I grew up in the Midwest in the 1970s, so my formative years were filled with tuna-noodle casserole (with de-rigueur potato-chip topping); meatloafmashedpotatoesandpeas (and yeah, it was pretty much one word); bone-in chicken breasts, baked, with paprika sprinkled over; macaroni and cheese; and pork chops. With applesauce. For special–like Christmas Eve–we had green olives wrapped in bacon and broiled, Vienna sausages, and pinkish-yellow port-wine cheese with Ritz crackers.
Is it any wonder that I eventually became a foodie?
“Eventually” is the operative word, though, because for a long time I subsisted on Diet Coke, beer, Pepto Bismol, and the deep-fried appetizer sampler platter at whatever local bar I drank the beer at. Oh, and Marlboro Reds.
Even now, now that my cupboard is stocked with red quinoa and dulse and amaranth and turbinado sugar and flax seed, now that I make my kids’ mac-and-cheese with whole-wheat, high-protein pasta, and pureed cauliflower hidden in the sauce, I still have a weakness for the high-carb, cream-of-soup-filled, fried, mayonnaise-covered foods that hearken back to my youth.
Enter the fried bologna sandwich.
For my money, there is little in this world that is as guiltily, greasily, stick-to-the-roof-of-your-mouthily scrumptious as fried bologna with mayonnaise and iceberg on soft, yielding white bread. Tater tot casserole comes close, but that takes a lot more planning, and turning on of the oven. Garbage plates fit the bill nicely, too, with the additional appeal of hot sauce, but that requires driving (which, as you might imagine, is somewhat out of the question by the time I get the fried-bologna hankering). So, when there’s bologna in the fridge as a start-of-the-school-year treat, fried bologna it is.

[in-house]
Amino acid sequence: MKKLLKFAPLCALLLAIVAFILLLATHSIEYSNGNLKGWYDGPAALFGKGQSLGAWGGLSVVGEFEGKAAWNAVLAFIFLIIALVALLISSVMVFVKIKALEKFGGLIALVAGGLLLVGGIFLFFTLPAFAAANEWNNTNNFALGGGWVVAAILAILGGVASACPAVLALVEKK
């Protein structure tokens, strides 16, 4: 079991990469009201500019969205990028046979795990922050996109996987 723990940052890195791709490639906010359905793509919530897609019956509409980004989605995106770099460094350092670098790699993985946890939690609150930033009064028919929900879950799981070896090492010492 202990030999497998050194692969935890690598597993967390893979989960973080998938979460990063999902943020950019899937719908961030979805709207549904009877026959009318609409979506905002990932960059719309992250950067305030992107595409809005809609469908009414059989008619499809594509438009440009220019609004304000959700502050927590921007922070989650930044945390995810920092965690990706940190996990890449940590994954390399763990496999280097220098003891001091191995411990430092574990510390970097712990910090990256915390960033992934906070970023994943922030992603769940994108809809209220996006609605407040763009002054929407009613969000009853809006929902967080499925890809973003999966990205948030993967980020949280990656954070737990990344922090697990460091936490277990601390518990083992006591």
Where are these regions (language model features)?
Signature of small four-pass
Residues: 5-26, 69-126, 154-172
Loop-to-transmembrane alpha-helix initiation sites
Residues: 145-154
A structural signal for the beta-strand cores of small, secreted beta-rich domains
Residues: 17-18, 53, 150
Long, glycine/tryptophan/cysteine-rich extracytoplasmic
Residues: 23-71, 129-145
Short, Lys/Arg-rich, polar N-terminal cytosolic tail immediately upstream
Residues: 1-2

So not a recipe, but if making fried bologna isn’t in your DNA, like it apparently is in mine, you might need some pointers:
- Make sure your bologna doesn’t have the little papery rind thing on it. Ew.
- Cut the pieces in half, then make little slits perpendicular to that cut. I believe that this helps prevent curling in the pan, but it could very well be akin to the ol’ ends-of-the-ham legend.
- Fry. No, you don’t need oil. But if you’re paranoid, or have non-nonstick pans, a spray of Pam wouldn’t hurt.
- Don’t let it burn (like I did). Unless you like things burnt (as Long Suffering Husband, bless his heart, claims to, when I overcook things).
- Turn it with a fork. I don’t know why, just because that’s easiest. And the way my Mama did it.
- Pile the cooked bologna on a piece of squishy white bread that you’ve piled iceberg lettuce onto. Arrange according to your OCD level.
- Top with another piece of bread, spread thickly with mayonnaise.
- Do penance.
Not sure if this counts for or against me at this point, but all I had on hand was double-fiber, multi-grain blah blah bread. And organic lettuce. And mayo made from our chicken eggs. Despite those abominably healthful touches, it was still delicious, and I still felt guilty afterwards.
But not that guilty.